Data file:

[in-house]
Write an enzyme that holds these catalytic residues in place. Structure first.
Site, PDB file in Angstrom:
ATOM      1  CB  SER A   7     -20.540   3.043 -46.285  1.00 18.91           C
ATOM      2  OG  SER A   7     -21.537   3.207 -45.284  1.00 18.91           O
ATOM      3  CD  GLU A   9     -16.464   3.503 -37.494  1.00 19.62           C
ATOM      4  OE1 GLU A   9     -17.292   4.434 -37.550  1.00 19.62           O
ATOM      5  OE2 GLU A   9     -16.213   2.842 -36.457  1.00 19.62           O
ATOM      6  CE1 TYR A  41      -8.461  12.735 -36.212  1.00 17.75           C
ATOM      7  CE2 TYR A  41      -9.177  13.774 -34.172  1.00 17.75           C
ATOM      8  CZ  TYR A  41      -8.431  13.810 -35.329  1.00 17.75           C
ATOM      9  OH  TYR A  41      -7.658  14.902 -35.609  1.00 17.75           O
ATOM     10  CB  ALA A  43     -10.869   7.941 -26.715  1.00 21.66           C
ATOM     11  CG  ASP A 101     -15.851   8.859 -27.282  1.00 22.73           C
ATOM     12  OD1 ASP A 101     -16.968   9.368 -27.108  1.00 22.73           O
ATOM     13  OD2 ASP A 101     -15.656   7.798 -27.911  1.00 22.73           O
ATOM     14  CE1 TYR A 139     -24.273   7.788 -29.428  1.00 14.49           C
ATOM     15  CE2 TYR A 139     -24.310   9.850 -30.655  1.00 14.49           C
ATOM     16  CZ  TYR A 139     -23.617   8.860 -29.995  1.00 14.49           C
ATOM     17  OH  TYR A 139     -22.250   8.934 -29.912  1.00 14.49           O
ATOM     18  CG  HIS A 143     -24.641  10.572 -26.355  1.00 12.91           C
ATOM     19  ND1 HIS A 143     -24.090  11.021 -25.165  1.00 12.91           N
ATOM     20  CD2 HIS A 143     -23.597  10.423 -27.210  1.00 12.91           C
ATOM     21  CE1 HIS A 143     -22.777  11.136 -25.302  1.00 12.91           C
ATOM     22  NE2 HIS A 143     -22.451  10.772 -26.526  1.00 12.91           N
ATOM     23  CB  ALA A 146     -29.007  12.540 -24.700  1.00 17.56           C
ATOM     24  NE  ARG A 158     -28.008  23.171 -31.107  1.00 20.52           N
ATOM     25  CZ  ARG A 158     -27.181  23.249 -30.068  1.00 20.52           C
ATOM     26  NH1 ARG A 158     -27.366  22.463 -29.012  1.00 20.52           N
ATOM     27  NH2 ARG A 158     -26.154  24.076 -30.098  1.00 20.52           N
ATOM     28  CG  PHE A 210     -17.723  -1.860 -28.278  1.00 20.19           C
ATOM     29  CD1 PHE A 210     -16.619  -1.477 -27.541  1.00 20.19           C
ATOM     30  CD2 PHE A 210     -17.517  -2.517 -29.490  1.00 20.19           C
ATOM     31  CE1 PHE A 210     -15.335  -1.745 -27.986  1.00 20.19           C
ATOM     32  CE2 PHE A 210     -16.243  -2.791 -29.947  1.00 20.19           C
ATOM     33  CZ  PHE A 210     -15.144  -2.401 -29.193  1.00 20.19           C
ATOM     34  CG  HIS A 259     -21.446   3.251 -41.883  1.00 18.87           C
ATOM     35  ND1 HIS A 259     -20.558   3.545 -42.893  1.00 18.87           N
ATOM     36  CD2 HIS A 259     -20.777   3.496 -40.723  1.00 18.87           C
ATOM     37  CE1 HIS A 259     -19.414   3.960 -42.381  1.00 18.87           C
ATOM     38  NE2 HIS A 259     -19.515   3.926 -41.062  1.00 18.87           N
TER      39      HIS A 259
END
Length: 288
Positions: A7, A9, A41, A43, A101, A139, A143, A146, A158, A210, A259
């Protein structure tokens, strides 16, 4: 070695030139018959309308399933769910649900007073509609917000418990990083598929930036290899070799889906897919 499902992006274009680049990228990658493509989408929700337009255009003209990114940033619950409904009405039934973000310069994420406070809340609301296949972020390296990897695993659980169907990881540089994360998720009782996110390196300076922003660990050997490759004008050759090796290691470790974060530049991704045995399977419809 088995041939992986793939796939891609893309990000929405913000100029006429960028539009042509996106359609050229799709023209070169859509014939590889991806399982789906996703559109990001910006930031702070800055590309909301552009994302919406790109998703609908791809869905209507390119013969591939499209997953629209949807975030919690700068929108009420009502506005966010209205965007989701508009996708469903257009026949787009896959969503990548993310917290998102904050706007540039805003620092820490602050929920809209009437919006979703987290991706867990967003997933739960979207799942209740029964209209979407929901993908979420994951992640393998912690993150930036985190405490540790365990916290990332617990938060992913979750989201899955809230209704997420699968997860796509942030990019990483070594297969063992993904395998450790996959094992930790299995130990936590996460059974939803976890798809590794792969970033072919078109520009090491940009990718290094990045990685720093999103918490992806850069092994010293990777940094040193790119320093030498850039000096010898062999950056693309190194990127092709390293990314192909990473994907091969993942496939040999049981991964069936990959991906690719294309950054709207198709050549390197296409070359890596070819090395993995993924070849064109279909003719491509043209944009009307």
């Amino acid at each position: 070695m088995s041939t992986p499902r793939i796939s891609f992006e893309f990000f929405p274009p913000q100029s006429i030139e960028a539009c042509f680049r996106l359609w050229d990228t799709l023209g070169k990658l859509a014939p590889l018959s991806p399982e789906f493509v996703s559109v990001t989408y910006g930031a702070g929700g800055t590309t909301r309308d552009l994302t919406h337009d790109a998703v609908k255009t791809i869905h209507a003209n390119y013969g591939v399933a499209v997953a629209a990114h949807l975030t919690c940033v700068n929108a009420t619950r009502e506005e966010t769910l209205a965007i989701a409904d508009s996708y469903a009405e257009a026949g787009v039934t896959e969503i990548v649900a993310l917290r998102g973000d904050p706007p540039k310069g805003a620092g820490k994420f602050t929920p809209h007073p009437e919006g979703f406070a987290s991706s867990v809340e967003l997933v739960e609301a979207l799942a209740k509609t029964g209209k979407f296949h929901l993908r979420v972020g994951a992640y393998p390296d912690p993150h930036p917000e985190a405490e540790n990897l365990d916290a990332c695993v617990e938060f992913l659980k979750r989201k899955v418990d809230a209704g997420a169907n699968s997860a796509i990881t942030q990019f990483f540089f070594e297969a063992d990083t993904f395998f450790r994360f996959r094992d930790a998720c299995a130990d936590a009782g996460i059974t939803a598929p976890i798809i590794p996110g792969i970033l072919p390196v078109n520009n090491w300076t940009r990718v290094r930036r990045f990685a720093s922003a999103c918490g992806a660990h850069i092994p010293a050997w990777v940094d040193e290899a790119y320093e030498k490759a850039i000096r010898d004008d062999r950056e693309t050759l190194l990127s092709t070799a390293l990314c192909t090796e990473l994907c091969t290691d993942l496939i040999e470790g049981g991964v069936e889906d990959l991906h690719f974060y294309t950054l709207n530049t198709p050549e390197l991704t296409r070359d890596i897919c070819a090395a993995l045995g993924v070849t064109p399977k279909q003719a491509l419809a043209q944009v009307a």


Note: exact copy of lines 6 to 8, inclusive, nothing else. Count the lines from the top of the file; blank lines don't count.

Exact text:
ATOM      3  CD  GLU A   9     -16.464   3.503 -37.494  1.00 19.62           C
ATOM      4  OE1 GLU A   9     -17.292   4.434 -37.550  1.00 19.62           O
ATOM      5  OE2 GLU A   9     -16.213   2.842 -36.457  1.00 19.62           O